The Most, Moscow’s coolest restaurant, which is discreetly located on a street called Kuznetsky Most (the sign on the door is oh so subtle, of course), has a French menu with a good wine list. What is especially striking, however, is the space itself. Owned by Alexander Mamut, one of Russia’s biggest financiers, it is like a stage set, as is so much else in the city—a room intended to look as though it was done in another time, in this case the early 1700s, specifically the Baroque style of Louis XIV, with intricate moldings, painted gold, and large elaborate murals.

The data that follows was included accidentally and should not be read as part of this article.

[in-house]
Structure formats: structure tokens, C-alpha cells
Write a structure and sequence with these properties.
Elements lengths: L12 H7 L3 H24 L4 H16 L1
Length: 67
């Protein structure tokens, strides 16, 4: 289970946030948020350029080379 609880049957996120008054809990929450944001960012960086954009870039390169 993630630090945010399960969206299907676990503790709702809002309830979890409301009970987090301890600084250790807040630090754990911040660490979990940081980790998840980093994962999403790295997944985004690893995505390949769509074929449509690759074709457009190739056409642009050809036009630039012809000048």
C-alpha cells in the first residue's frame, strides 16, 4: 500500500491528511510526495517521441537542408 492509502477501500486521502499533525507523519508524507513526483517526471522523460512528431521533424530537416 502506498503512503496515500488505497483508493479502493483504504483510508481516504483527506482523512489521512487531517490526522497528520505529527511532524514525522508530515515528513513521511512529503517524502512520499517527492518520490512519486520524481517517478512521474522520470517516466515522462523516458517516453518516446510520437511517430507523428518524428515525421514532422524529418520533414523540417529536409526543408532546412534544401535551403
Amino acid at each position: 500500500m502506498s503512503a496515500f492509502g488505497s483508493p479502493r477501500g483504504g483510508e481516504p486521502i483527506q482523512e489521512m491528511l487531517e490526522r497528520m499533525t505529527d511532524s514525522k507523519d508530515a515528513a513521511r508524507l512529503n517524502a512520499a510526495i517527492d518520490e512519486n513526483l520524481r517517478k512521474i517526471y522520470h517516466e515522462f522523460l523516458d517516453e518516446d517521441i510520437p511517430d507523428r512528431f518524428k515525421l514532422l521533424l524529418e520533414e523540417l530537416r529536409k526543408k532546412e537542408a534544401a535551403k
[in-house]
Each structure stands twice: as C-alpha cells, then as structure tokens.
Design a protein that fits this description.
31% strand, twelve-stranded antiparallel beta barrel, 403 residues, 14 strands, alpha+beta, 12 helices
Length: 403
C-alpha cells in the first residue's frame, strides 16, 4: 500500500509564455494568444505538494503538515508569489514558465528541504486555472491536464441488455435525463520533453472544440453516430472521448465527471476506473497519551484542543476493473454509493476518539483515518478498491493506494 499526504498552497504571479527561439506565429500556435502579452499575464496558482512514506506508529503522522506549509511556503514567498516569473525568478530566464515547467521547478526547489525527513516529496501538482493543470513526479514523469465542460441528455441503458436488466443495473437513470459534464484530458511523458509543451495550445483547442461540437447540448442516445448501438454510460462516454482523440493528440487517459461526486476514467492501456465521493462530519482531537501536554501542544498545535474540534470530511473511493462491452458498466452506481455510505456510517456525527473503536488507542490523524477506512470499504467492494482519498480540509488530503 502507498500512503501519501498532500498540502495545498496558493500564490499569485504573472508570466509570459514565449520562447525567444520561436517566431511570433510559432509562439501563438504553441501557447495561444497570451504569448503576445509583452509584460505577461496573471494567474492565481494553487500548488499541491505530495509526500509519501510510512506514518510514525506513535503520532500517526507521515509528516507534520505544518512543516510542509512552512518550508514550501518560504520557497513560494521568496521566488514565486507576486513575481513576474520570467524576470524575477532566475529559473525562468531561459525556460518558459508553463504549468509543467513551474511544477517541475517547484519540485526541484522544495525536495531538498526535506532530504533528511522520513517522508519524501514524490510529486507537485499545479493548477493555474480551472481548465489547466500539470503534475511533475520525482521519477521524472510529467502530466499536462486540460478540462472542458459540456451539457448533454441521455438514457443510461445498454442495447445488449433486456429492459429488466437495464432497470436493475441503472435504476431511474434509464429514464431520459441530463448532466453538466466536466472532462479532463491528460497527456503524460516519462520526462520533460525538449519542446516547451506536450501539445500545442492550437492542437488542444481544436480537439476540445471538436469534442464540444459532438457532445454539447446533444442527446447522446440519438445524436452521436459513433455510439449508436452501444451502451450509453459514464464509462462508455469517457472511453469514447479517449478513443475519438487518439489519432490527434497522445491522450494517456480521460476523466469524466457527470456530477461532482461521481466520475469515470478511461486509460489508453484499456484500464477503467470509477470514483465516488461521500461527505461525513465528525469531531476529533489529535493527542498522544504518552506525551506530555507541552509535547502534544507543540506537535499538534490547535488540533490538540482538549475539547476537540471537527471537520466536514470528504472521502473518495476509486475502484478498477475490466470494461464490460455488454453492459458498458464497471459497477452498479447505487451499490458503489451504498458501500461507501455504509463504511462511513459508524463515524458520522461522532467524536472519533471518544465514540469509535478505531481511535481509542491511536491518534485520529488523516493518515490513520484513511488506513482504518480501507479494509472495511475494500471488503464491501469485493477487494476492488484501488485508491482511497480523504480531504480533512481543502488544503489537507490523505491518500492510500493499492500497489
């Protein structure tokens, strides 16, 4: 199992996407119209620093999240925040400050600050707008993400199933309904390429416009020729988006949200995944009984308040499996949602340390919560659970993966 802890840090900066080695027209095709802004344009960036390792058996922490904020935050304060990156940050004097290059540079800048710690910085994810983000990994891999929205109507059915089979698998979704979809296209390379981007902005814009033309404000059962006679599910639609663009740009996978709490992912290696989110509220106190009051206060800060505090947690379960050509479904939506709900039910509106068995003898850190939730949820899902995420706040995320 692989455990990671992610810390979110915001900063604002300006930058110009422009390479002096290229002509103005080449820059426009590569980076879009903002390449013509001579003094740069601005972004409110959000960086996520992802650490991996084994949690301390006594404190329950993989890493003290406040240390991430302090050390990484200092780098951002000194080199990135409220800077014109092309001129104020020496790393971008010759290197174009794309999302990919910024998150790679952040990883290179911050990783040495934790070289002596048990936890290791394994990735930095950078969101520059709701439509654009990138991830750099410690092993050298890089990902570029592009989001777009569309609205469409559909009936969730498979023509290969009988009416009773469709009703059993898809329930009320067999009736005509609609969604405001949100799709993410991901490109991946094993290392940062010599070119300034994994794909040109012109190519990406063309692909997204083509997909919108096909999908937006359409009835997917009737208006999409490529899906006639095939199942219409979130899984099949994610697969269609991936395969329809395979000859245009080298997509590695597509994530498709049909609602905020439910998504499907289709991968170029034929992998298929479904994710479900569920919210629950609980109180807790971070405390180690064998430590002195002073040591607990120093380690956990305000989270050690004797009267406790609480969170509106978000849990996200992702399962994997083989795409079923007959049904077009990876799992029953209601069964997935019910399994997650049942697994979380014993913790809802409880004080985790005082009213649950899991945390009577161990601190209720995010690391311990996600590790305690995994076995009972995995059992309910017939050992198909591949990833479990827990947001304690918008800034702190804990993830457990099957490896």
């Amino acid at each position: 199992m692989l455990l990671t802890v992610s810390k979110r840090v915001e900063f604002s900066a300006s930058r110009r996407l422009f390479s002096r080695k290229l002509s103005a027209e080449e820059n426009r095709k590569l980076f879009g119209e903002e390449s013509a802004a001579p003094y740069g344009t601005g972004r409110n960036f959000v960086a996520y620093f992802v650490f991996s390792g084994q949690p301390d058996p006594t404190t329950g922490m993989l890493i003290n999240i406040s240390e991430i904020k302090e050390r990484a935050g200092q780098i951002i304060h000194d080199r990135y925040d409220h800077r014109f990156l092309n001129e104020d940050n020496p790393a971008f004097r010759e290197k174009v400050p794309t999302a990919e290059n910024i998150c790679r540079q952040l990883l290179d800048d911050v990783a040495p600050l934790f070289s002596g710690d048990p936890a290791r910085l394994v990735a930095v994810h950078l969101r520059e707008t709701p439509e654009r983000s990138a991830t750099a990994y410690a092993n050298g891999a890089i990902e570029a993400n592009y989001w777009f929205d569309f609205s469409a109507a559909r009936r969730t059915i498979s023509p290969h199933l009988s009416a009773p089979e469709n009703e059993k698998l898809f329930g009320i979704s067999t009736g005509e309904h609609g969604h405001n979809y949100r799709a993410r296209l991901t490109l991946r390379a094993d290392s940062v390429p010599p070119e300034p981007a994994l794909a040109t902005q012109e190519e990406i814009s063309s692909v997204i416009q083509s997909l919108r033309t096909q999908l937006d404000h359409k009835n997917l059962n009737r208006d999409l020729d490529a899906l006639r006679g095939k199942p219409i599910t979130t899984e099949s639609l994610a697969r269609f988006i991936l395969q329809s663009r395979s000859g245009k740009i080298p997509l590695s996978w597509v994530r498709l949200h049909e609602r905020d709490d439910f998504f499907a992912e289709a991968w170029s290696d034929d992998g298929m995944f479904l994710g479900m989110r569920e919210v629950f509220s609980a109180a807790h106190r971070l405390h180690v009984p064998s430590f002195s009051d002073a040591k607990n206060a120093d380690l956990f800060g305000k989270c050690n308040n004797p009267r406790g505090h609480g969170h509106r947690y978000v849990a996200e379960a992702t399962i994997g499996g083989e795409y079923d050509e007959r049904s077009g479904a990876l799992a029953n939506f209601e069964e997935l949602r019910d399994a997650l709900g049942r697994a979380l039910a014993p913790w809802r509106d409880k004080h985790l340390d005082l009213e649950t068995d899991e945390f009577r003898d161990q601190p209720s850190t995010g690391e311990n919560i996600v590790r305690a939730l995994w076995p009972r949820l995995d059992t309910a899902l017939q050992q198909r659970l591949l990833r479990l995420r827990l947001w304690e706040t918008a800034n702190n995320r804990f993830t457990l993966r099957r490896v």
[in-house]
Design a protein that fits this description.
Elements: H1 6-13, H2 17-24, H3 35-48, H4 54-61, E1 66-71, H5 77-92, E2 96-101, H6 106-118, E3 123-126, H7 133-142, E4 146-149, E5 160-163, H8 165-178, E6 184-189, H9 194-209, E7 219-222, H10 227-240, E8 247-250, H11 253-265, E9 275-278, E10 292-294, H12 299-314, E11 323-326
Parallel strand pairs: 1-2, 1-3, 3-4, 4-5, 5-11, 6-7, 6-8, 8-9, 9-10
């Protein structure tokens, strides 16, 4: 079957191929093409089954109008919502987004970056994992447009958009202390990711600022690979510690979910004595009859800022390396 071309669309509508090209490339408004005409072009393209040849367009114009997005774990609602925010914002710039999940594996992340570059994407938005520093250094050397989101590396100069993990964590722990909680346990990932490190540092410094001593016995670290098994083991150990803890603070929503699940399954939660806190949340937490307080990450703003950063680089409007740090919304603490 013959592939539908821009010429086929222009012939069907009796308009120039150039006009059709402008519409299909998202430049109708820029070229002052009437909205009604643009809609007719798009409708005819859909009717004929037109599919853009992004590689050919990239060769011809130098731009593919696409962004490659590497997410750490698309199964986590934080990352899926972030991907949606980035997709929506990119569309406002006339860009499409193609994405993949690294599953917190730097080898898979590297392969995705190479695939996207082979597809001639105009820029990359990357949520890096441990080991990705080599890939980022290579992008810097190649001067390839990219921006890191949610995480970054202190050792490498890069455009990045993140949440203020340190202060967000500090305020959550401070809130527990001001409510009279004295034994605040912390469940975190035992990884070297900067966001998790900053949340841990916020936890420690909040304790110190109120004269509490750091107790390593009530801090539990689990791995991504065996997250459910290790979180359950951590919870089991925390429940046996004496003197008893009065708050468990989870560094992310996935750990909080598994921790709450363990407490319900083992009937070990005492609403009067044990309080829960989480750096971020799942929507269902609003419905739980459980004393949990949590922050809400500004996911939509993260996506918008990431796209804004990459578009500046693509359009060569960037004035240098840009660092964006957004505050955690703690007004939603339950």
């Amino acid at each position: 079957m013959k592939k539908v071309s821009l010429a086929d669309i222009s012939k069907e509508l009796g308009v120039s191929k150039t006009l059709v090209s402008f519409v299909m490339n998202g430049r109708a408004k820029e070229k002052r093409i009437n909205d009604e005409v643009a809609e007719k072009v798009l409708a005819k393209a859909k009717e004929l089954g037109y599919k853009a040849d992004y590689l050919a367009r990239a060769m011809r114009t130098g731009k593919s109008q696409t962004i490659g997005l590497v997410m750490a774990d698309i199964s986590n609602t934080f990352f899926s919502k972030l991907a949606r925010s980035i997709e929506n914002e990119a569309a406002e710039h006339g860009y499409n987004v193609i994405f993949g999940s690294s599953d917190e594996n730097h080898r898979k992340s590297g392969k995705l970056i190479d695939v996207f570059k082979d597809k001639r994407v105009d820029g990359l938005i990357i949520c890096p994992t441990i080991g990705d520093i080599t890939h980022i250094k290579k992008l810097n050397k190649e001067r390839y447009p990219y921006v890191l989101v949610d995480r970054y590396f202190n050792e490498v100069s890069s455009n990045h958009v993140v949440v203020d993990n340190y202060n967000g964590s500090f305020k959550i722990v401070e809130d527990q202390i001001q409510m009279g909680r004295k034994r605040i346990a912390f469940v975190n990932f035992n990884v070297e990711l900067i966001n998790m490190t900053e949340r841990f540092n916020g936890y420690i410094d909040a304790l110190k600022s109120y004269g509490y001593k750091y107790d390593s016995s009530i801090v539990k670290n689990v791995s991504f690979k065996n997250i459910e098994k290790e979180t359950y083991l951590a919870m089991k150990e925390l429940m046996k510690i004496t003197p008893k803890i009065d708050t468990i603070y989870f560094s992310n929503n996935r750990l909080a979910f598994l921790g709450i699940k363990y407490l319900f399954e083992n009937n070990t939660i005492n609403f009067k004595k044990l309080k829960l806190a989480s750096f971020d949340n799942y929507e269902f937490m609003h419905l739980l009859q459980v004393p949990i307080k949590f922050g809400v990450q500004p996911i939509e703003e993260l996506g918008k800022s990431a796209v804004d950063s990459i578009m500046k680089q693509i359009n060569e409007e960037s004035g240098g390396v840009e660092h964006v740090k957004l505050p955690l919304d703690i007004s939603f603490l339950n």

The Russian capital, it seems, has fallen in love with the idea of itself in the past tense, when there were plenty of cafés and clubs where people debated politics and poetry and the arts. (Think Tom Stoppard’s recent play The Coast of Utopia.) There is wit in the waiters’ uniforms: tight-fitting suits made from striped or patterned fabric—part clown, part Italian chic—and designed by Alena Akhmadullina, one of the country’s most innovative fashion designers. At night the bar is inhabited by rich bohemians and oligarchic philosophers (if there is such a thing); in other words, those who can afford it. As one regular says, "The middle class can’t come unless at their client’s expense." Dinner, from $140. At 6/3 Kuznetsky Most; 7-495/660-0708; themost.ru.